Pitzer College Student Senate endorsed an amendment to its constitution that would create a representative position for current and previously incarcerated Pitzer students.
The vote to pass the legislation in the Senate was unanimous — 29-0 — but the amendment won’t go into effect until after it is sent to the wider student body for a referendum, per the Senate’s bylaws.
Currently incarcerated students attend Pitzer via the Inside-Out program, which the college has participated in since 2014. It recently expanded to allow incarcerated students to matriculate and graduate with a bachelor’s degree by participating in Inside-Out courses.
The legislation also noted Pitzer’s New Resource students, many of which have formerly experienced incarceration, according to the document.
“Creating this position is necessary to evaluate the ways in which Pitzer College can provide additional support and resources to students who have experienced incarceration,” the legislation read. “Creating this position is a critical step in actualizing the college’s commitment to racial justice, and promoting Pitzer’s core value of student engagement and creating a more equitable practice of shared governance.”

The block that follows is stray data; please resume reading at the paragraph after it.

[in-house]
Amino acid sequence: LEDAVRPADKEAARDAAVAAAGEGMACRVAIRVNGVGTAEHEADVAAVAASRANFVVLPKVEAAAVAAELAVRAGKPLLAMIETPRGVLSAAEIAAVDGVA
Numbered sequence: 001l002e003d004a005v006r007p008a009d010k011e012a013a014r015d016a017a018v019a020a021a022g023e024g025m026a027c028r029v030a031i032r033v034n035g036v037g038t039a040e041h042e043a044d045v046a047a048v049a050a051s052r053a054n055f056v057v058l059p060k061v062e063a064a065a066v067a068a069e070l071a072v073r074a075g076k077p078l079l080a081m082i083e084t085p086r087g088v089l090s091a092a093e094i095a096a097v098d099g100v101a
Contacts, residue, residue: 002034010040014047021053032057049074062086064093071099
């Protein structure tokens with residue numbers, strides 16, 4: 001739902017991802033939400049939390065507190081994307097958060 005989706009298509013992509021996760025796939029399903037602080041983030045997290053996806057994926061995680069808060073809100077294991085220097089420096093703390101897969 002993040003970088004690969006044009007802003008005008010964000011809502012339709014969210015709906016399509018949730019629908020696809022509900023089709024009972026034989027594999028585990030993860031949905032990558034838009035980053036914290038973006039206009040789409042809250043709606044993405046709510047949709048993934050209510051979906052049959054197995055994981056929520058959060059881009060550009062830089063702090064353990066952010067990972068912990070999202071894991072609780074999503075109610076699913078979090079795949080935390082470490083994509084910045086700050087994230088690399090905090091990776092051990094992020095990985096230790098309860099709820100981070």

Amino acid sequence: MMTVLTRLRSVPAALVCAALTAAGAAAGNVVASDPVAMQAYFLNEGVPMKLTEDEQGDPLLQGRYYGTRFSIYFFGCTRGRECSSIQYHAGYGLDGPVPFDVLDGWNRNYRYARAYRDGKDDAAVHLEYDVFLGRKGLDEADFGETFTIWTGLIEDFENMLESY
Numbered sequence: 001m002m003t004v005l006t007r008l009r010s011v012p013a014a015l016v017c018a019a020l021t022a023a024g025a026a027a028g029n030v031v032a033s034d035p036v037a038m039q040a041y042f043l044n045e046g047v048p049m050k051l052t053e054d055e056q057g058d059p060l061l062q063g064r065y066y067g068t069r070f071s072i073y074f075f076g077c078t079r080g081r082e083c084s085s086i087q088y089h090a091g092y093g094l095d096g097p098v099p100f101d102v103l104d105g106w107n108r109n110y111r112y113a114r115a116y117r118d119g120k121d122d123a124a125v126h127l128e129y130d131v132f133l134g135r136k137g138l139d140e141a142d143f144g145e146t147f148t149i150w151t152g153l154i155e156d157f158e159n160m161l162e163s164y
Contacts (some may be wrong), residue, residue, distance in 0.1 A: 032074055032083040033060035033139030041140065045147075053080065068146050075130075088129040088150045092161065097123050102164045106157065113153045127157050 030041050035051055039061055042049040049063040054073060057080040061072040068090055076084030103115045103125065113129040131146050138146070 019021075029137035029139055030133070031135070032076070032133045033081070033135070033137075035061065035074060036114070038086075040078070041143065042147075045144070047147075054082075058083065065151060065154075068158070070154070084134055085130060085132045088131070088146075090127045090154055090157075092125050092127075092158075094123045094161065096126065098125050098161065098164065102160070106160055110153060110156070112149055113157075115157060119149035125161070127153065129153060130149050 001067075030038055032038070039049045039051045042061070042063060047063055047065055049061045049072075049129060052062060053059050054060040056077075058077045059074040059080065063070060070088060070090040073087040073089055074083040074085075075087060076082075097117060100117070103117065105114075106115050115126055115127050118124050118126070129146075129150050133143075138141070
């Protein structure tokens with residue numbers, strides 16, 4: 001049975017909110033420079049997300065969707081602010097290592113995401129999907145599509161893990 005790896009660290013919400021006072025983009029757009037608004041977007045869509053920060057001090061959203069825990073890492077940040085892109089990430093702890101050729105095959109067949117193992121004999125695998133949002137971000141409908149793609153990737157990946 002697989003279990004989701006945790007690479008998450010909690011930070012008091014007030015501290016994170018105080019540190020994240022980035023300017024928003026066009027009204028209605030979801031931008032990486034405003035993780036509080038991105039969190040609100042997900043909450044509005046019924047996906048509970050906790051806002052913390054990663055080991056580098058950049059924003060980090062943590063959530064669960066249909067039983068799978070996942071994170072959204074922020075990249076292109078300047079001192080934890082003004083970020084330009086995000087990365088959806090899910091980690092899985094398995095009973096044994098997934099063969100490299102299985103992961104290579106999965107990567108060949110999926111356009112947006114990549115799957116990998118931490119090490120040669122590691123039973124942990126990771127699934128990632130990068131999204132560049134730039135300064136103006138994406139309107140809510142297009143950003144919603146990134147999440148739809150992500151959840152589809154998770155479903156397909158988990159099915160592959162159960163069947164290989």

The legislation included a statement from two Pitzer Students, Kenneth Butler and Reggie Bullock, who are previously and currently incarcerated, respectively. Butler currently serves a senator on the Curriculum Committee.
“As we see it, it is our obligatory duty to be more than just recipients of a free college, education from an elite school. We are obliged to be invested participants, and contributing members to the overall success of the program,” the statement read.
“The student council will be but one avenue by which we work hand-in-hand with Pitzer faculty to ensure the sustainability and more importantly the B.A. program’s survivability within the carceral environment.”
Correction: A previous version of this article stated that Reggie Bullock as previously incarcerated. Bullock is currently incarcerated. TSL regrets this error.